People make lots of decisions. Some experts even estimate we make a whopping 35,000 of them on a daily basis. Of course, many of these decisions are miniscule - like which colour coffee cup to use, or what fruit to eat for breakfast. But the truth is, that added up, they do take a real toll on our energy levels.
You’ve probably felt tired and indifferent after a long day’s work. And you can blame that on something called decision fatigue.
Decision fatigue is a term coined by social psychologist Roy F. Baumeister - and it happens when we’ve made too many decisions in our day. When our brain gets tired, it looks for timesaving routes - which leads us to making poor and impulsive choices. It’s why we decide to order take-out at 8 p.m. when there’s a fridge full of groceries, or just can’t seem to resist those cookies in the cupboard.
There’s no doubt that decision fatigue is a downer. So what’s the best way to fight it, in order to increase productivity and stick to our goals?
Complete your biggest task first
Your ability to make good decisions gets eroded as the day goes on. So why leave the more important tasks for later, when you’re at risk for decision fatigue? Get the biggest - or most difficult - task checked off your to-do list first.
This will not only give you a feel-good confidence boost, but it will mean you’re less likely to make poor choices when it really counts. Trying to close a sale? Do it in the morning, so your email isn’t flurried with spelling mistakes. Or need to discuss an important matter with your child’s teacher? Call them when you’re most alert, so you don’t get unnecessarily upset over the phone.
Narrow down your choices
It’s a simple one, but it works. Minimize the amount of smaller, but taxing, decisions you need to make during the day. For example, make list of shows you’d like to watch each month, so you don’t waste 30 minutes contemplating Netflix series each night. Or, consider decluttering your closet. Imagine how much easier getting dressed would be if you only had a few items to choose from each season! I’m a fan of Project 333, which challenges people to wear just 33 items for 3 months.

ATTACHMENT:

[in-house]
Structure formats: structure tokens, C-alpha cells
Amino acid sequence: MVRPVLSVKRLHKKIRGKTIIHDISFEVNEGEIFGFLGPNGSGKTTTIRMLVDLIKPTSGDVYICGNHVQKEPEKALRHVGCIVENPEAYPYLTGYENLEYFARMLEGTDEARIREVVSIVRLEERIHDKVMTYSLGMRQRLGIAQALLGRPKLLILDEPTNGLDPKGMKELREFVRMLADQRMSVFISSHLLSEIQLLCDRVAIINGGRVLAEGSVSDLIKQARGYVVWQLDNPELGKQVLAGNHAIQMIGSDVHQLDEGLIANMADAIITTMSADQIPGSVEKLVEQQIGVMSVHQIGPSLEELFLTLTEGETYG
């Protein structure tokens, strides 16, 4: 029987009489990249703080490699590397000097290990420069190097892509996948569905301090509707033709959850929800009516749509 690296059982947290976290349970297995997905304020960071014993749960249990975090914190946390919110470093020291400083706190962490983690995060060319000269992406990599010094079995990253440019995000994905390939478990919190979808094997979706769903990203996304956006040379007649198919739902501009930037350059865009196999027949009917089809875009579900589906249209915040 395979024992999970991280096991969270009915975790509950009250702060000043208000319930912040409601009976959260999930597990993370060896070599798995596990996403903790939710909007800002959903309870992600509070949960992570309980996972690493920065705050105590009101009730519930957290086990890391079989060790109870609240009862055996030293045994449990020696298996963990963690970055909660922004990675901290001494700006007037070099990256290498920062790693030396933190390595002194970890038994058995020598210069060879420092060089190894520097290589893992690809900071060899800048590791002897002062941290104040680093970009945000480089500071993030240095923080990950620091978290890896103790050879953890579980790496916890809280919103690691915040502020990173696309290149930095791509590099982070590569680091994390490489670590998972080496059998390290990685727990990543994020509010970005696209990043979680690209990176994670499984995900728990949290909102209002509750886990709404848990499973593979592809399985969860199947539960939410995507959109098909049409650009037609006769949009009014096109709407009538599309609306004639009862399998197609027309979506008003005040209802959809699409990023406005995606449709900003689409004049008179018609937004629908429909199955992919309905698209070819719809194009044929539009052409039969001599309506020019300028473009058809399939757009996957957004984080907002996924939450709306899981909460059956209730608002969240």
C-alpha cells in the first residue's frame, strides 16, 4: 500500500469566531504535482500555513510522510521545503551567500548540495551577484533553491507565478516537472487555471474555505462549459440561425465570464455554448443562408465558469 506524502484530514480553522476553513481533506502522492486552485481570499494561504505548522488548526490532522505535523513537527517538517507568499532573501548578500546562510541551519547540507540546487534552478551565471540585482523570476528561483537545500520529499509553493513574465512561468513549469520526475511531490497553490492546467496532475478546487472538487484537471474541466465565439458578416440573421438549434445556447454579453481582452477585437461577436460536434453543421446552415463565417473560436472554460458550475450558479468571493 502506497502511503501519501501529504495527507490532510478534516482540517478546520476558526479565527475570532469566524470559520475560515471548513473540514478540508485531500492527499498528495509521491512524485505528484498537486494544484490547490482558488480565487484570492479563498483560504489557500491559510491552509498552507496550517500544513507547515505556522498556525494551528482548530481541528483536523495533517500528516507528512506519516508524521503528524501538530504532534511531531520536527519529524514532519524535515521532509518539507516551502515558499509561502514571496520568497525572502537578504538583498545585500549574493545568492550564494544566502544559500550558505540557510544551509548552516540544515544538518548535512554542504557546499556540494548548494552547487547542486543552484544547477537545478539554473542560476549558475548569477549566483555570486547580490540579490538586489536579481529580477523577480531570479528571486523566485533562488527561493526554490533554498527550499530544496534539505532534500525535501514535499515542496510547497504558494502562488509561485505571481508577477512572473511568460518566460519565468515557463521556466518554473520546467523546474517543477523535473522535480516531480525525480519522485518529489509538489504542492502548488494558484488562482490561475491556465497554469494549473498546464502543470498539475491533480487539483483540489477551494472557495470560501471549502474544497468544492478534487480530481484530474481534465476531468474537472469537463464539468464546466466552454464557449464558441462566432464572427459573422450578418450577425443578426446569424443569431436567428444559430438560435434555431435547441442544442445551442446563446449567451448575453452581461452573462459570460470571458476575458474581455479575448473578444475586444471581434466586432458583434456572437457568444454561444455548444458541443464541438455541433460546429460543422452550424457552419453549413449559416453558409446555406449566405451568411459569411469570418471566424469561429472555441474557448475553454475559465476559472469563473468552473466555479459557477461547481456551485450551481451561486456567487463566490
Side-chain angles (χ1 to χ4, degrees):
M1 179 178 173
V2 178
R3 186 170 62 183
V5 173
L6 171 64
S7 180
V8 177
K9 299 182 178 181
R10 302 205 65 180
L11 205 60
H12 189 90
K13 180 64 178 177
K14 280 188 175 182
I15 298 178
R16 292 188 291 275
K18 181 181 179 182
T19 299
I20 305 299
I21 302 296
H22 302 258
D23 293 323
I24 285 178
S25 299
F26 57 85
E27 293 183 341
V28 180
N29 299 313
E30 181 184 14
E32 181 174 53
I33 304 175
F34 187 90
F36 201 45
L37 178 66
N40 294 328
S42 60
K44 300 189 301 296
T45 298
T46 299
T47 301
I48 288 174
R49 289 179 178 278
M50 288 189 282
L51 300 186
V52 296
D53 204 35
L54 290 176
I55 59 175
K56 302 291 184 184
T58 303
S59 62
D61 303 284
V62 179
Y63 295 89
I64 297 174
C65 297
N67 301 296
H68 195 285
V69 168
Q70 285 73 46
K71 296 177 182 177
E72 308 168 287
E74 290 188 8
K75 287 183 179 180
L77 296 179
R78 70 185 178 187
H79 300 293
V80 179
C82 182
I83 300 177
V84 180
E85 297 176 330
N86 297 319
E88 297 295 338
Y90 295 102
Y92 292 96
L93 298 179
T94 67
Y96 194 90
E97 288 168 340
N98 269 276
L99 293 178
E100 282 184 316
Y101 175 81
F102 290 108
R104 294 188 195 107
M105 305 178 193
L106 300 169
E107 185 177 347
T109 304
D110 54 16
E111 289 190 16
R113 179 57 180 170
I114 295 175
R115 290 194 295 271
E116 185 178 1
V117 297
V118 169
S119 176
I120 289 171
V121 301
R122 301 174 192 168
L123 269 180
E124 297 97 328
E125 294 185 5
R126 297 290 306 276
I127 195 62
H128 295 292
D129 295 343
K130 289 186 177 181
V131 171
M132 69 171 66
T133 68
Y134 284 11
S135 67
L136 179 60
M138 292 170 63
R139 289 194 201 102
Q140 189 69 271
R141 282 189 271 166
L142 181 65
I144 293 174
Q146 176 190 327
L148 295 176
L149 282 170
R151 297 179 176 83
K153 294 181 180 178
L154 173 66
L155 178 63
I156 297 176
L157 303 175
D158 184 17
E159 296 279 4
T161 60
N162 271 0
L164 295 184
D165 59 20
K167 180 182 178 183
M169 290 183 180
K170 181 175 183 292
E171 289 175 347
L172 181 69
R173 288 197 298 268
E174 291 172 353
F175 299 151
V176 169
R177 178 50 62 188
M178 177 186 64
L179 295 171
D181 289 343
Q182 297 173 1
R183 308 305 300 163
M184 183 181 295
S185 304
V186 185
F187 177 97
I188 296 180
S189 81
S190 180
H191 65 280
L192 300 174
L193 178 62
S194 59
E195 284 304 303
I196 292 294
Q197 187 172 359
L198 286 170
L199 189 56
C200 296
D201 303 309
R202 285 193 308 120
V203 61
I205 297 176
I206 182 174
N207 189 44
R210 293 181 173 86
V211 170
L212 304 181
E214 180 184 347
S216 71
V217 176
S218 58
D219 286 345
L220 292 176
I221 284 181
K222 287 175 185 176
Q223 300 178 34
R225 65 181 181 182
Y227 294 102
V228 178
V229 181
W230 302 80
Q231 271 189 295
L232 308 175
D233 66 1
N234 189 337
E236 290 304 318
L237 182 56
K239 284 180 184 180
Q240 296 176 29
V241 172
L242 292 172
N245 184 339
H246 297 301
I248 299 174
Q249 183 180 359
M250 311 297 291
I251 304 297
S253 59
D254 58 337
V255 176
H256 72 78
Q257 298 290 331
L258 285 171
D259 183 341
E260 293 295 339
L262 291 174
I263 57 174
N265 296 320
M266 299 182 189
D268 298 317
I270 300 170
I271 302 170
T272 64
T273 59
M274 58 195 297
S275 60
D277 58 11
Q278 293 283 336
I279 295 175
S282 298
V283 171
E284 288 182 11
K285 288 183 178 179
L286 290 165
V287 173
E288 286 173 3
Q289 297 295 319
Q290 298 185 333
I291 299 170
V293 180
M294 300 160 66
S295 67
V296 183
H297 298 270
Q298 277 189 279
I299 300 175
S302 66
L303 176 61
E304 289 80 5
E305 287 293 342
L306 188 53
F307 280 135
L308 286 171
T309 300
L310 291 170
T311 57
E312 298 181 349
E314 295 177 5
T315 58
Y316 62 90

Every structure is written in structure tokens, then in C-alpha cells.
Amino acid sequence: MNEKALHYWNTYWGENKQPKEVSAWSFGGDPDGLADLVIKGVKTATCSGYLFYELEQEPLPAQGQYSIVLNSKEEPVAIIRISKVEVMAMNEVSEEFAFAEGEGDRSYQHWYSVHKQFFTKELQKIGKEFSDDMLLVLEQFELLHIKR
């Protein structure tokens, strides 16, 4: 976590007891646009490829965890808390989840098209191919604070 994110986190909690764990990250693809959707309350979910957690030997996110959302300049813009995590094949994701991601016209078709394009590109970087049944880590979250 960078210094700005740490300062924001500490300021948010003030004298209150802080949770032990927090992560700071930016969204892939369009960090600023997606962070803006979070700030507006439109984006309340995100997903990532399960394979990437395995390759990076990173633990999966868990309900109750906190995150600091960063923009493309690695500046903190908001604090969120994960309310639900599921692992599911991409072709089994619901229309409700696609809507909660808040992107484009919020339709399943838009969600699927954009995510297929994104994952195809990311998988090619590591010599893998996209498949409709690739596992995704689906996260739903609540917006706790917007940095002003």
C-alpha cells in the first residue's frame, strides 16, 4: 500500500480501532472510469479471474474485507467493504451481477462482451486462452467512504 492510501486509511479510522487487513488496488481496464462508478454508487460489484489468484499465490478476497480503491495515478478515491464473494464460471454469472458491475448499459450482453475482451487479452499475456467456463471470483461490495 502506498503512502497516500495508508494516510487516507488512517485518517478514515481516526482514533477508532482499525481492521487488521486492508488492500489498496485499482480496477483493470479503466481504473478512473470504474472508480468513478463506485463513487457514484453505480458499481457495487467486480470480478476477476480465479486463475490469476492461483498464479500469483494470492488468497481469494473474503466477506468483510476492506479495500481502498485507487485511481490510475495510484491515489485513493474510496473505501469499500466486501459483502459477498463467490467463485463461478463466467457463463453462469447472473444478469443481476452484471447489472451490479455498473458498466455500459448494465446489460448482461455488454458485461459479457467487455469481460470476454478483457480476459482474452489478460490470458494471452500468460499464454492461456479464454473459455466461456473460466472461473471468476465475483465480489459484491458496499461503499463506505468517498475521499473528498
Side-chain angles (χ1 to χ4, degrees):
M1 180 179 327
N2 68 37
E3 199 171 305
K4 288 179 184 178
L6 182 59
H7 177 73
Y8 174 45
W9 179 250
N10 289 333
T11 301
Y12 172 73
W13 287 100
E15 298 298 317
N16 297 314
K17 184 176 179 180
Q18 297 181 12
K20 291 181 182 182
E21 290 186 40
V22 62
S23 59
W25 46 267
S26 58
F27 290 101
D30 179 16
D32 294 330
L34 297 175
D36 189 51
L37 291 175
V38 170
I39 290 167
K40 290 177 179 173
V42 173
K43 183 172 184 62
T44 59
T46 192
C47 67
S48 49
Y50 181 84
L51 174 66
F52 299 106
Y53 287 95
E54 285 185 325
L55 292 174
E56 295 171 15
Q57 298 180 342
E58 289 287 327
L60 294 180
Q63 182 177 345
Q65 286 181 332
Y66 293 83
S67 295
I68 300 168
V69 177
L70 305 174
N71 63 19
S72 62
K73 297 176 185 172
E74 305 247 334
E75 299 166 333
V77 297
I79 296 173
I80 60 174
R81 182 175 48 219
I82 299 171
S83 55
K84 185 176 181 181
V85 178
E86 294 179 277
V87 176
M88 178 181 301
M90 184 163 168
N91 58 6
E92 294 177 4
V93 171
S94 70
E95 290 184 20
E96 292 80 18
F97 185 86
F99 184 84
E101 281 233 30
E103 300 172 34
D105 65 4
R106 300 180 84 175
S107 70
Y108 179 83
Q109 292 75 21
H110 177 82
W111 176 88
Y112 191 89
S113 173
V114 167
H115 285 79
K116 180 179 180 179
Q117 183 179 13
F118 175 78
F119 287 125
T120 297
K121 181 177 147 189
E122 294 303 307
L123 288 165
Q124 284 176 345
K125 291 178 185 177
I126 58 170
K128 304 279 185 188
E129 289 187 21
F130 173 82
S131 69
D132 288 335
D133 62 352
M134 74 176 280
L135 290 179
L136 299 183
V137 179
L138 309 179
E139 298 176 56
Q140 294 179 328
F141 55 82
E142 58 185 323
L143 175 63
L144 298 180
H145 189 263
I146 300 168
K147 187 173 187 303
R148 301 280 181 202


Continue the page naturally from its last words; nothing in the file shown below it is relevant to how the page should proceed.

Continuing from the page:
When all is said and done, simplifying the little decisions you need to make each day leaves you with more energy to make the choices that really matter. And to a greater extent, make them better.
Stick to a routine
You might be surprised to read that we make more than 220 decisions a day just about food. It’s possible to cut this down significantly by sticking to a routine. This could mean prepping your meals at the beginning of the week, or simply sticking to a weekly schedule. Taco Tuesdays, anyone?
The same could go for the gym. Plan your workouts a week in advance, so you don’t have to make any quick decisions about which machine to use, which class to take - or well, whether or not to go in the first place.
Routines not only help us to minimize the number of decisions we make, but they also help us to add structure to our days. There’s no need to tire yourself out - and thus, waste more mental energy - thinking about whether you’re up for going to the gym that day. When you successfully etch tasks into your routine, you programme yourself to complete them - and that’s never a bad thing.
Delegate - it’s fun!
Making decisions for ourselves is depleting, but the same can’t be said about making decisions for others. In fact, one study showed that we actually enjoy making decisions for other people. So since giving advice tends to be pretty fun, why not switch some ‘lighter’ choices with a friend or co-worker when decision fatigue hits hard?
Asking someone someone for their opinion can offer you a fresh perspective, but also means you’ll likely be presented with dicier choices. If you tend to play on the safe side, this can definitely be a good thing, because there’s nothing like a break from the norm to reinvigorate you. And who knows: the risk might be worth the reward.
In today’s world, we’re faced with more choices than ever. And sometimes at the end of the day, decision fatigue can be downright hard to avoid. However, by adding more structure to your day, making sure to declutter, biting the bullet to complete the hardest task first, and making decisions more ‘fun’ by getting friends involved, you can reduce the amount of choices you have. And most importantly, you can increase your productivity.---
So why not give these tips a try? If you do, we’d love to hear how they helped you get more done! Let us know in the comments below.